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Independent Living News & Policy from the National Council on Independent Living

Add Your Organization as a Signatory to NCIL’s Chronic Pain Advocacy Letter to Congress

Because of policies aimed at addressing the opioid crisis through limiting prescriptions, people in pain are facing increasing barriers to accessing their medication and managing their pain. Many who have relied on opioids, often for decades, are seeing their medication forcibly reduced or eliminated; some are being denied medical care altogether.

Because many people with disabilities live with serious or chronic pain, our community is disproportionately affected by these policies. These harms – which may range from increased pain, to loss of function, to suicide or resorting to illegal substances – have finally been acknowledged by the Centers for Disease Control and Prevention (CDC) and the Food and Drug Administration (FDA).

Nevertheless, rigid, one-size-fits-all policies have already been enacted in over half of states and adopted by the major pharmacy chains and insurers. Similar policies continue to be proposed at both federal and state levels. The harm that has been caused cannot be undone, but action now can stop further harm from occurring.

Therefore, NCIL has drafted a letter, which will be sent to Congressional Leadership and leaders of key committees working on these issues. We are writing to educate Congress about recent actions by the CDC and the FDA that call out the dangers of these policies, and to ask Congress to work with their disabled constituents and disability rights organizations when developing future policies.

As organizations that advocate for the rights of people with disabilities, we hope you will add your organization’s name as a signatory to this letter. You can add your organization at the link above or by emailing lindsay@ncil.org. The deadline to sign on is Thursday, June 20, 2019.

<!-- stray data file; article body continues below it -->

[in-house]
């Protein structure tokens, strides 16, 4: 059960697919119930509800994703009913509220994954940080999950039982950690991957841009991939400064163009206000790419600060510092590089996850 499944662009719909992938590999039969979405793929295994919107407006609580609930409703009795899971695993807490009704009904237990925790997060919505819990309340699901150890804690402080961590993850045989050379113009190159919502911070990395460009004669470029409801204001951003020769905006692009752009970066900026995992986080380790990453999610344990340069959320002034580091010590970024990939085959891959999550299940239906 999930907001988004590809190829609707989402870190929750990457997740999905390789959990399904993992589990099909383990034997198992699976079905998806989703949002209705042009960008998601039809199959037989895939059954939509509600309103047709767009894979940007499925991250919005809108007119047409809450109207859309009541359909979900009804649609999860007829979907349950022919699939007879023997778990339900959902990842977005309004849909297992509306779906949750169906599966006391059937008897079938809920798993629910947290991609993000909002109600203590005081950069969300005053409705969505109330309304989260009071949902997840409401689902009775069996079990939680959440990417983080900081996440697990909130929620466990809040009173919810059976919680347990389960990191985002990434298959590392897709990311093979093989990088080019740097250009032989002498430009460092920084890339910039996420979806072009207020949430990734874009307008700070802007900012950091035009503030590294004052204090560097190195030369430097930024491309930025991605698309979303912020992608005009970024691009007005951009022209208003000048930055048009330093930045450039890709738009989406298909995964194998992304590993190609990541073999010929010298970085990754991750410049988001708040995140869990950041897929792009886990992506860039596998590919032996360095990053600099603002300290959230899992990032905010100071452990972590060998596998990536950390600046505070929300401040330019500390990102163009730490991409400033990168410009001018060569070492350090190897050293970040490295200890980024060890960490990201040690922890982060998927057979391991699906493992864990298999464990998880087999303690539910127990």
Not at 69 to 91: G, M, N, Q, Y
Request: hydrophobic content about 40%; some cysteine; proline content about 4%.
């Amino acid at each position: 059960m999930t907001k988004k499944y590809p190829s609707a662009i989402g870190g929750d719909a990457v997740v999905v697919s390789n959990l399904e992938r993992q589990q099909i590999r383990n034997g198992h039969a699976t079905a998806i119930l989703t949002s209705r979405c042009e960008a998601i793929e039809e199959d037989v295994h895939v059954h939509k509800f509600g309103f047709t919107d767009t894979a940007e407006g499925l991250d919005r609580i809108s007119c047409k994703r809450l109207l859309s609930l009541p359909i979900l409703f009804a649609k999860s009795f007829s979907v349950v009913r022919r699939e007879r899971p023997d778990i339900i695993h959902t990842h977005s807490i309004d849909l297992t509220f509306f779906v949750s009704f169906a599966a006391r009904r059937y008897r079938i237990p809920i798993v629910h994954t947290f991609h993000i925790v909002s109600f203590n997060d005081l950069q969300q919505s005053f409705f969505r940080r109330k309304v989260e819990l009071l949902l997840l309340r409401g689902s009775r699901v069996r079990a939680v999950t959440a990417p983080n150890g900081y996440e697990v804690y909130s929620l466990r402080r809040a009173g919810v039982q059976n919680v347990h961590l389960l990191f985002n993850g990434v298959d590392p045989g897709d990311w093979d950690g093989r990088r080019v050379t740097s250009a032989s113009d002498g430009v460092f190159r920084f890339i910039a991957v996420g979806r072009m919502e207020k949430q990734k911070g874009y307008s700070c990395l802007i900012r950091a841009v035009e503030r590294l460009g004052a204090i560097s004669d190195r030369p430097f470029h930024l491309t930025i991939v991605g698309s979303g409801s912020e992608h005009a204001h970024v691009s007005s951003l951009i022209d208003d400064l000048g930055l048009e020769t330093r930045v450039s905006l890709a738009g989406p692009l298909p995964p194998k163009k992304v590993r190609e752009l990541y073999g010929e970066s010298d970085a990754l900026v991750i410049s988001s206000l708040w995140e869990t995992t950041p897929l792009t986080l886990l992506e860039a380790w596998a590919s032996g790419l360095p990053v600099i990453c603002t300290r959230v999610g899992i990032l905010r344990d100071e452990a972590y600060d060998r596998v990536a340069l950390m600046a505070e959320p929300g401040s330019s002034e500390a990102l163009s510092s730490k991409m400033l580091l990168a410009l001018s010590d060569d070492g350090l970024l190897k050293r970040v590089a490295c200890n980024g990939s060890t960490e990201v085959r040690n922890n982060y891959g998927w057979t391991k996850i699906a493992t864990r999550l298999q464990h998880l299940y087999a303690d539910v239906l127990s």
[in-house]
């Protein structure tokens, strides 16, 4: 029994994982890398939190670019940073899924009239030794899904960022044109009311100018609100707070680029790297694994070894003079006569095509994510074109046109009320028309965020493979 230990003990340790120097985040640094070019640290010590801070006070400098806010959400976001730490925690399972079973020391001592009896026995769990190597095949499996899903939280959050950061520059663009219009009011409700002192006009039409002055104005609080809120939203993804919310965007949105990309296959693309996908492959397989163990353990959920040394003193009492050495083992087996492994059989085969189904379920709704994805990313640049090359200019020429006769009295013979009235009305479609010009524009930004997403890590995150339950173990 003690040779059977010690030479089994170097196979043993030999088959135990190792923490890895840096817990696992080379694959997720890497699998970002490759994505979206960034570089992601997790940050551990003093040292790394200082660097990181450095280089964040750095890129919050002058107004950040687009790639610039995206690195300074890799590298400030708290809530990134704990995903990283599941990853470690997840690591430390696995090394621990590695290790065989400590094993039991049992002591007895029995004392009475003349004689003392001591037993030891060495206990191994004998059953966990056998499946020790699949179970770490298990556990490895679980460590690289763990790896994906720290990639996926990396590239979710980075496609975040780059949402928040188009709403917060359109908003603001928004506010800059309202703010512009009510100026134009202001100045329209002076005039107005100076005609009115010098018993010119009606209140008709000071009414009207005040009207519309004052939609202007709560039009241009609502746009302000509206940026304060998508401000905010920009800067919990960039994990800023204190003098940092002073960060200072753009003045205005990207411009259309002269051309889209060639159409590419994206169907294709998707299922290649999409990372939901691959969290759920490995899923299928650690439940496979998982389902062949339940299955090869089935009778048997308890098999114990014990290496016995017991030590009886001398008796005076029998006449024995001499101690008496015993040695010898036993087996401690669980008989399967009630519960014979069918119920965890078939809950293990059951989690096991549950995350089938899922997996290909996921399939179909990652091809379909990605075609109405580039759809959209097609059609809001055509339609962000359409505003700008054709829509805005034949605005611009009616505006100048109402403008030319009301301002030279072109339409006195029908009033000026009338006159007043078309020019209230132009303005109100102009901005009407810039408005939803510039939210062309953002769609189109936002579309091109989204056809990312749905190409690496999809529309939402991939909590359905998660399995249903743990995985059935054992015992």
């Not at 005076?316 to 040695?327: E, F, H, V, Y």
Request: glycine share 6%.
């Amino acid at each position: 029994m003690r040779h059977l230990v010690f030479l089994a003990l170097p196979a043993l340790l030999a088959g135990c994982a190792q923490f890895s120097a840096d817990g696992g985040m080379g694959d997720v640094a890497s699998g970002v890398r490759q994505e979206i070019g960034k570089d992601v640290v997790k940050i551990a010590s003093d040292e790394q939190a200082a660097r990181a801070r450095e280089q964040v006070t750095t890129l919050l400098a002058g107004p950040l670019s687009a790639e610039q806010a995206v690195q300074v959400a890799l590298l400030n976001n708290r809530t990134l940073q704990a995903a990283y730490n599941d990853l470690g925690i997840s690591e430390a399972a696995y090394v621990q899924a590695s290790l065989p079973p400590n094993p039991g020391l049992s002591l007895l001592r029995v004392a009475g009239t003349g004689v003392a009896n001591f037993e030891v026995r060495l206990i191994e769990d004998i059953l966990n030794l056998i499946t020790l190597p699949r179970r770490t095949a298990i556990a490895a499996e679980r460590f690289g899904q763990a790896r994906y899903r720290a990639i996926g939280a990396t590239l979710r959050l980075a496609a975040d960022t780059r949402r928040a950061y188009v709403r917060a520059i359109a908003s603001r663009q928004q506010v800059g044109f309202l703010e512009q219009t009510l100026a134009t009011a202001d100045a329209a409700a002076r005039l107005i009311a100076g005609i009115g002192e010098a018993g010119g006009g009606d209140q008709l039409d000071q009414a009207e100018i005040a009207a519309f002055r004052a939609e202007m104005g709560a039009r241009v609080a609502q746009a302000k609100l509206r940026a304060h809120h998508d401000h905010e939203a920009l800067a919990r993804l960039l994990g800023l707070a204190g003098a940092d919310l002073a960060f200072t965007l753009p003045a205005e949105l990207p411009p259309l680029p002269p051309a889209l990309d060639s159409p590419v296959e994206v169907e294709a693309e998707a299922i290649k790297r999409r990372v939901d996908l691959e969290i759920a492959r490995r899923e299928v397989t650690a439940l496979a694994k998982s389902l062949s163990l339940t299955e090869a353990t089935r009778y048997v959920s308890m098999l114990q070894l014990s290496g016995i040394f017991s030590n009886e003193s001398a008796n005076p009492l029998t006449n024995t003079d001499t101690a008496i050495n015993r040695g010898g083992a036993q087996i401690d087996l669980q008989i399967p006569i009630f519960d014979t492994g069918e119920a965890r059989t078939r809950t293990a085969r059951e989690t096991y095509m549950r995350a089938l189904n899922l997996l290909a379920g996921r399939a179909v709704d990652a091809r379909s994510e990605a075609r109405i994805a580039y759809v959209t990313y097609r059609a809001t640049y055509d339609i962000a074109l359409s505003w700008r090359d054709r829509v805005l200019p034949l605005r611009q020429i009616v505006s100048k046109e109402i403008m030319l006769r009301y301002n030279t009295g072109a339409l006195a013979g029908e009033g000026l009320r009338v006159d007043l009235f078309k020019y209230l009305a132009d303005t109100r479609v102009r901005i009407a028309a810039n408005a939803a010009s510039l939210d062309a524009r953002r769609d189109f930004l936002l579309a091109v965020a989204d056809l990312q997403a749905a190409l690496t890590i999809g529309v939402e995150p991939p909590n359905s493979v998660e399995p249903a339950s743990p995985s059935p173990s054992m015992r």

Additional Information:

The most problematic policies are based on misapplication of the CDC’s Guideline for Prescribing Opioids for Chronic Pain. These include:

  • Strict limits on opioid prescribing for acute pain, often of 3-7 days
  • Applying dosage guidance designed for opioid naïve individuals to people currently taking opioids and the physicians who care for them
  • Mandatory or abrupt tapering off opioids and patient abandonment
  • Overreach to unintended populations

Additional information on each of these can be found in the letter.

The CDC and FDA recently issued several clarifications as a result of the harms being caused to people with chronic pain:

In light of these recent clarifications and warnings, it is imperative that policymakers understand the impact of the current policy focus and redirect their efforts toward comprehensive pain care. While we have significantly decreased access to opioids, there has not been a responsive increase in access to or coverage of non-opioid treatments. People with pain need access to the full spectrum of available modalities of pain treatment.

As organizations advocating for the rights of people with disabilities, we hope you will join these efforts to call on Congress to focus on the needs of people with chronic pain.

Further Resources:

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